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политика и финансы в новом окне Полная
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07/06/2009

What didn’t the vice president know?

And when did he not know it?

Seriously, the economy isn’t doing all that much worse than a number of people warned was probable. And the whole political economy thing was, sadly, predictable:

This really does look like a plan that falls well short of what advocates of strong stimulus were hoping for — and it seems as if that was done in order to win Republican votes. Yet even if the plan gets the hoped-for 80 votes in the Senate, which seems doubtful, responsibility for the plan’s perceived failure, if it’s spun that way, will be placed on Democrats.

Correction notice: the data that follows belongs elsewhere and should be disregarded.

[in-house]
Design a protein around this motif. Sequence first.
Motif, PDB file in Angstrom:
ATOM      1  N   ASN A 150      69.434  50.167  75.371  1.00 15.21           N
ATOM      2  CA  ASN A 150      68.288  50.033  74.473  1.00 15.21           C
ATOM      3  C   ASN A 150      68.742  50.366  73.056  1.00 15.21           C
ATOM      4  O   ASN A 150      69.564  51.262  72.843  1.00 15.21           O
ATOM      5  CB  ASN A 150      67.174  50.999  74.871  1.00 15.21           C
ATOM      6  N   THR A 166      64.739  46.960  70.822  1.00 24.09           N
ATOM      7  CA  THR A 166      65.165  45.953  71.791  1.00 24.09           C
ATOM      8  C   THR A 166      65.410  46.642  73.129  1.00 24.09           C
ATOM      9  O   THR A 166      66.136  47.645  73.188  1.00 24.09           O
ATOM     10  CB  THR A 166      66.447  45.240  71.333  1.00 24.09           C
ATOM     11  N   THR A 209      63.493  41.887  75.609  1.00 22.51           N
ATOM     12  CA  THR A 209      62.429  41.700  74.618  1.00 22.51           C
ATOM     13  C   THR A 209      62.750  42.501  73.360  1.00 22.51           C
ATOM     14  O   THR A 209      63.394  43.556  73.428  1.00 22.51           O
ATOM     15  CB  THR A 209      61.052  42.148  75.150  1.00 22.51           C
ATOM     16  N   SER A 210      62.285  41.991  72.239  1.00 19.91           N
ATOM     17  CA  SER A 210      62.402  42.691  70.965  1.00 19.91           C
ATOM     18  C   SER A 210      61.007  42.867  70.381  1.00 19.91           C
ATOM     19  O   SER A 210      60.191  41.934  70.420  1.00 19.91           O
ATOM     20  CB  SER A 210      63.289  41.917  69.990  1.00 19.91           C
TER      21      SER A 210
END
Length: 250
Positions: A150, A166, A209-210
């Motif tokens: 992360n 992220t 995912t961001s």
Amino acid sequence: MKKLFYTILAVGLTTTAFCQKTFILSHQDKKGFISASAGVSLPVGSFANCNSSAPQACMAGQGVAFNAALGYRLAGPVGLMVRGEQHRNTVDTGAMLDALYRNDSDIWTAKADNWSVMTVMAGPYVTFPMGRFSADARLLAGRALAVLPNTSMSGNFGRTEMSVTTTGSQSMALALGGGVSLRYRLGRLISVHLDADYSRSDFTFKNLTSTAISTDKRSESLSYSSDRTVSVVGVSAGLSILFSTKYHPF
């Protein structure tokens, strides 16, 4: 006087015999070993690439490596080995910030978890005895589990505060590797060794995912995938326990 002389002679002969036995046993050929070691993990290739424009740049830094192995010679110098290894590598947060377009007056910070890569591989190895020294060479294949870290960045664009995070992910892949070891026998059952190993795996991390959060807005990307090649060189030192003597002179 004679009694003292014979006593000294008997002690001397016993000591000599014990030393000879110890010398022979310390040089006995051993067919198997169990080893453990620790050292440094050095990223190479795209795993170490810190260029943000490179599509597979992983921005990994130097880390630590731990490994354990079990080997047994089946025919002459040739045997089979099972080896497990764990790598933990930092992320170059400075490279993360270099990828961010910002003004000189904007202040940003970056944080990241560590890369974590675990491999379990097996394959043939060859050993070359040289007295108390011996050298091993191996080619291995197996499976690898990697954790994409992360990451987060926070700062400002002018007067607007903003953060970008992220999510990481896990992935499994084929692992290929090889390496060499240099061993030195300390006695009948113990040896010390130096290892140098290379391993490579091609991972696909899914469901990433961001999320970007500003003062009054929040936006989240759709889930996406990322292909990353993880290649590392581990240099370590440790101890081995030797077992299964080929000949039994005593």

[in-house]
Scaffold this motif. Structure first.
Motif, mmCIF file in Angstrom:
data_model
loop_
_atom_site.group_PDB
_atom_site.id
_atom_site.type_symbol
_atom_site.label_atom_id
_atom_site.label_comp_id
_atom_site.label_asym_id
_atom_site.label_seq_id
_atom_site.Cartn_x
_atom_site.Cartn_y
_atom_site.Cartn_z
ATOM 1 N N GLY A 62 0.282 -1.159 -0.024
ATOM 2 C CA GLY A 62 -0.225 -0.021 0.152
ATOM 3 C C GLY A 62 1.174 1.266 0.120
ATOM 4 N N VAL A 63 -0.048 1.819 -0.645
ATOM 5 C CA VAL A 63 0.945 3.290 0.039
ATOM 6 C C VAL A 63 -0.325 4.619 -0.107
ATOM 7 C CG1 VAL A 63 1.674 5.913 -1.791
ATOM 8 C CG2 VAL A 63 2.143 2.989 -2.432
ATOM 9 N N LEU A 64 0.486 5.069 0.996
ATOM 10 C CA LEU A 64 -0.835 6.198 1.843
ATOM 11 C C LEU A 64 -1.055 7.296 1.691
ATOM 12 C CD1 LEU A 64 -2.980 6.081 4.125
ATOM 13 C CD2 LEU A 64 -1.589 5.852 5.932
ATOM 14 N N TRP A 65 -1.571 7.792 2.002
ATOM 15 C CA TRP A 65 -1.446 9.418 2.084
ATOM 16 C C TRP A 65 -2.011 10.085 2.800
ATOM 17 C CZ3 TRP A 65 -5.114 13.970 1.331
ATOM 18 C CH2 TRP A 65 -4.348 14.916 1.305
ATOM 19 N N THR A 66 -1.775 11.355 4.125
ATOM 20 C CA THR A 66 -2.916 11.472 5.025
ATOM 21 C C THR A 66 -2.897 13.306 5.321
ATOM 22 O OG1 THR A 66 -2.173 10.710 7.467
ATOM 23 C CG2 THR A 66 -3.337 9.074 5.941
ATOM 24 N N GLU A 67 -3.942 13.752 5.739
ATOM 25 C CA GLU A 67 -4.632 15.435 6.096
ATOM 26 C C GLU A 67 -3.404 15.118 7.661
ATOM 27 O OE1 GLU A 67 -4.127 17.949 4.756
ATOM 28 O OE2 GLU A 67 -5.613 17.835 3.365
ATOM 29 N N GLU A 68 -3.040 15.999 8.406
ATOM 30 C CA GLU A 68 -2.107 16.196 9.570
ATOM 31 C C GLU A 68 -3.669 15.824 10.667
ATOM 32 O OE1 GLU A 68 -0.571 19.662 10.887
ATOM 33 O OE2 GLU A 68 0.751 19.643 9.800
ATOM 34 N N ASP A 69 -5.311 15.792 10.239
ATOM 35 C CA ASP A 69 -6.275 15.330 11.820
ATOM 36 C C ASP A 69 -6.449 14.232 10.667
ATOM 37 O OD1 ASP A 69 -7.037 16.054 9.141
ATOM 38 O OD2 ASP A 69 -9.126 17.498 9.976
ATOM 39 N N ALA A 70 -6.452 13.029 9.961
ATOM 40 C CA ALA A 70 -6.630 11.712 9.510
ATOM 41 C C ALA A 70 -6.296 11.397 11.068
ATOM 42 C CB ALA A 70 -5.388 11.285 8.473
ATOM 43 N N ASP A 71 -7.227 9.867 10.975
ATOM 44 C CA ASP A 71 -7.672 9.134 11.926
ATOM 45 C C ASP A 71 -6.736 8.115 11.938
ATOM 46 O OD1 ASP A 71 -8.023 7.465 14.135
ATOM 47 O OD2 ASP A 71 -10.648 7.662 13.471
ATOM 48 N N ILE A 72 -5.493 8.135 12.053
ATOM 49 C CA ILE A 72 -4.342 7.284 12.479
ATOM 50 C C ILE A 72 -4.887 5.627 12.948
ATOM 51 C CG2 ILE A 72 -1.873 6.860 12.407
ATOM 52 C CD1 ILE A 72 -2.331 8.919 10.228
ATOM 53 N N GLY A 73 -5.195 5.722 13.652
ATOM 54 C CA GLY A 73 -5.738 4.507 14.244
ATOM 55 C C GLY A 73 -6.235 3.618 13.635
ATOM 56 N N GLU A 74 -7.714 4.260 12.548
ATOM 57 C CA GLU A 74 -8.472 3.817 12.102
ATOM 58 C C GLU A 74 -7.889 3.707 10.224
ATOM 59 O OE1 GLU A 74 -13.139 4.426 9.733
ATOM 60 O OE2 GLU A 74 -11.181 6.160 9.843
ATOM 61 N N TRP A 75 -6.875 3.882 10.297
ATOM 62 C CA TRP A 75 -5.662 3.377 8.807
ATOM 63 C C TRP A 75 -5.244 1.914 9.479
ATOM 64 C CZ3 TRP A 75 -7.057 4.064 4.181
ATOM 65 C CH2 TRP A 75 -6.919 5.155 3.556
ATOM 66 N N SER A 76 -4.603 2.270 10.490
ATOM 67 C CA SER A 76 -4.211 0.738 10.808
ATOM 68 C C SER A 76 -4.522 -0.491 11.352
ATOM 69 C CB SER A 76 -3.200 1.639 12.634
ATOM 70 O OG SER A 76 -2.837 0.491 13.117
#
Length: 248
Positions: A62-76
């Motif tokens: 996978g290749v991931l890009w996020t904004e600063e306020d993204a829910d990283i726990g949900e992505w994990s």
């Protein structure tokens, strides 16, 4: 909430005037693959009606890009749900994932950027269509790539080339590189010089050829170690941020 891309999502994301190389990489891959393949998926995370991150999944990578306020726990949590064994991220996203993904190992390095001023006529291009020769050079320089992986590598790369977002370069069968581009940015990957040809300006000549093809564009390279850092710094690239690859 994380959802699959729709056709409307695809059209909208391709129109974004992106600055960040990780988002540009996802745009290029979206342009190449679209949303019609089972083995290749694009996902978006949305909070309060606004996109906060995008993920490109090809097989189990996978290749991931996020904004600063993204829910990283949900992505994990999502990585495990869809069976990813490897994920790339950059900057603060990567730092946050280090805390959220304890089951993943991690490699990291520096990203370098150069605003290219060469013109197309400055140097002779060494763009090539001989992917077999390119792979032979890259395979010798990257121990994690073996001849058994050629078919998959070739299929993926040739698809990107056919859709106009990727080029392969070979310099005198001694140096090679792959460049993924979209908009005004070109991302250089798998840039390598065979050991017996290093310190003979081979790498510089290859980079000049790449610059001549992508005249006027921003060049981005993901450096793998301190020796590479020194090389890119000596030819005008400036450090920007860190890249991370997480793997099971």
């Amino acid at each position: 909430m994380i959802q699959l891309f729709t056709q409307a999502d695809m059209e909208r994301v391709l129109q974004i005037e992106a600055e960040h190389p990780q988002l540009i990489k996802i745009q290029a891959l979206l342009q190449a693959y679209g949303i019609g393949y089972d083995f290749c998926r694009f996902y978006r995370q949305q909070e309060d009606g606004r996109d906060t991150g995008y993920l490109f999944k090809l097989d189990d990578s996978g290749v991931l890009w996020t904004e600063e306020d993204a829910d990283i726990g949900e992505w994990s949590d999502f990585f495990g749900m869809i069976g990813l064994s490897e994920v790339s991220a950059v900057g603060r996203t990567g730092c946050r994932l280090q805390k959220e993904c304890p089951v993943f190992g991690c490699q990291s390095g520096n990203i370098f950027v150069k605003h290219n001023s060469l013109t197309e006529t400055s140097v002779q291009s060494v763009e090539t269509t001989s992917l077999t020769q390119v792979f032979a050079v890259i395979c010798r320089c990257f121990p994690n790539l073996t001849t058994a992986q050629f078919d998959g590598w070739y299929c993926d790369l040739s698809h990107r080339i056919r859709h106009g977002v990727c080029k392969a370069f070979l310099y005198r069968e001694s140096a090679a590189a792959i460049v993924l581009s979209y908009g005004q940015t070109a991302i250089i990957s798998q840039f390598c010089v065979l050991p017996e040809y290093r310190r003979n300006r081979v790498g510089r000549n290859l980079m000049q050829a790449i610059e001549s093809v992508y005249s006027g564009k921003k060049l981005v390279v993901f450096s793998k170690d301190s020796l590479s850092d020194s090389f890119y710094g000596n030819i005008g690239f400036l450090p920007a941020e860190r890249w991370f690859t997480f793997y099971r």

I see the following scenario: a weak stimulus plan, perhaps even weaker than what we’re talking about now, is crafted to win those extra GOP votes. The plan limits the rise in unemployment, but things are still pretty bad, with the rate peaking at something like 9 percent and coming down only slowly. And then Mitch McConnell says “See, government spending doesn’t work.”

Let’s hope I’ve got this wrong.

Apparently I didn’t.

But never mind the hoocoodanodes and ayatollahyaseaux. What’s important now is that we don’t compound the understimulus mistake by adopting what Biden seems to be proposing — namely, a wait and see approach. Fiscal stimulus takes time. If we wait to see whether round one did the trick, round two won’t have much chance of doing a lot of good before late 2010 or beyond.


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